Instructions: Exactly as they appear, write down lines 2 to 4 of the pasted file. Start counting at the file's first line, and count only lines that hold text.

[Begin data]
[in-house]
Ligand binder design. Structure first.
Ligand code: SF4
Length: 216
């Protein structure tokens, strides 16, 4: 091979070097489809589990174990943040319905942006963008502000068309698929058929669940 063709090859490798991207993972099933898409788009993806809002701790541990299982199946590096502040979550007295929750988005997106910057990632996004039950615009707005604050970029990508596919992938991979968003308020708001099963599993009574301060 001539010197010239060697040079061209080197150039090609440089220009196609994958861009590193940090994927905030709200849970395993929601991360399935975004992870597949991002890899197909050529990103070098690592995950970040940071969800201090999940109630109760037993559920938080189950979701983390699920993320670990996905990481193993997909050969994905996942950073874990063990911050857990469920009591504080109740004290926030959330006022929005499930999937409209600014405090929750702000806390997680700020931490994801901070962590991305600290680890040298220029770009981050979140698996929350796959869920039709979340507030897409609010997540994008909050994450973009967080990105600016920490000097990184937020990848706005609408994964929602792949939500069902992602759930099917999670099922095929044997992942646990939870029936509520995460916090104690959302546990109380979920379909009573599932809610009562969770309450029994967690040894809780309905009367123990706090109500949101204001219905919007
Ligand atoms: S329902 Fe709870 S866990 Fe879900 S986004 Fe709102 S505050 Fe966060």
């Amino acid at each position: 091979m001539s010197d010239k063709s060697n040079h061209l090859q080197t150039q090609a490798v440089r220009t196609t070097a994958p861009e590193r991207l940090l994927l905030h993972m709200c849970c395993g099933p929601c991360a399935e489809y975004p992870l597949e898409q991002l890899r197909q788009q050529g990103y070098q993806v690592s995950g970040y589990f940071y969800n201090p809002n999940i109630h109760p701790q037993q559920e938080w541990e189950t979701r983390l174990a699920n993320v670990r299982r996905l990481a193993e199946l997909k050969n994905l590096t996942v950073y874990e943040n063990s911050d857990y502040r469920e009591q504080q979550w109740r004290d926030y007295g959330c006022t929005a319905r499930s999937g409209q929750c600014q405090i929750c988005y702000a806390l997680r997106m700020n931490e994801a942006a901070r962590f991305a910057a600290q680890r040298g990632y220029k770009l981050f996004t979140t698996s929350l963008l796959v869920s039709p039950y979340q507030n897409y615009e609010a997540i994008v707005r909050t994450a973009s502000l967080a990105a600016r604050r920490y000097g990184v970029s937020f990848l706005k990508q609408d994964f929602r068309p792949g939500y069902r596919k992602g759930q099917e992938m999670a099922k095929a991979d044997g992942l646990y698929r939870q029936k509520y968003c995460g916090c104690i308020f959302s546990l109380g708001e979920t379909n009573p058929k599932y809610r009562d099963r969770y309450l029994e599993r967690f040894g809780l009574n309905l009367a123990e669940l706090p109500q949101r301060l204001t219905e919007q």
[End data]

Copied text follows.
Ligand binder design. Structure first.
Ligand code: SF4
Length: 216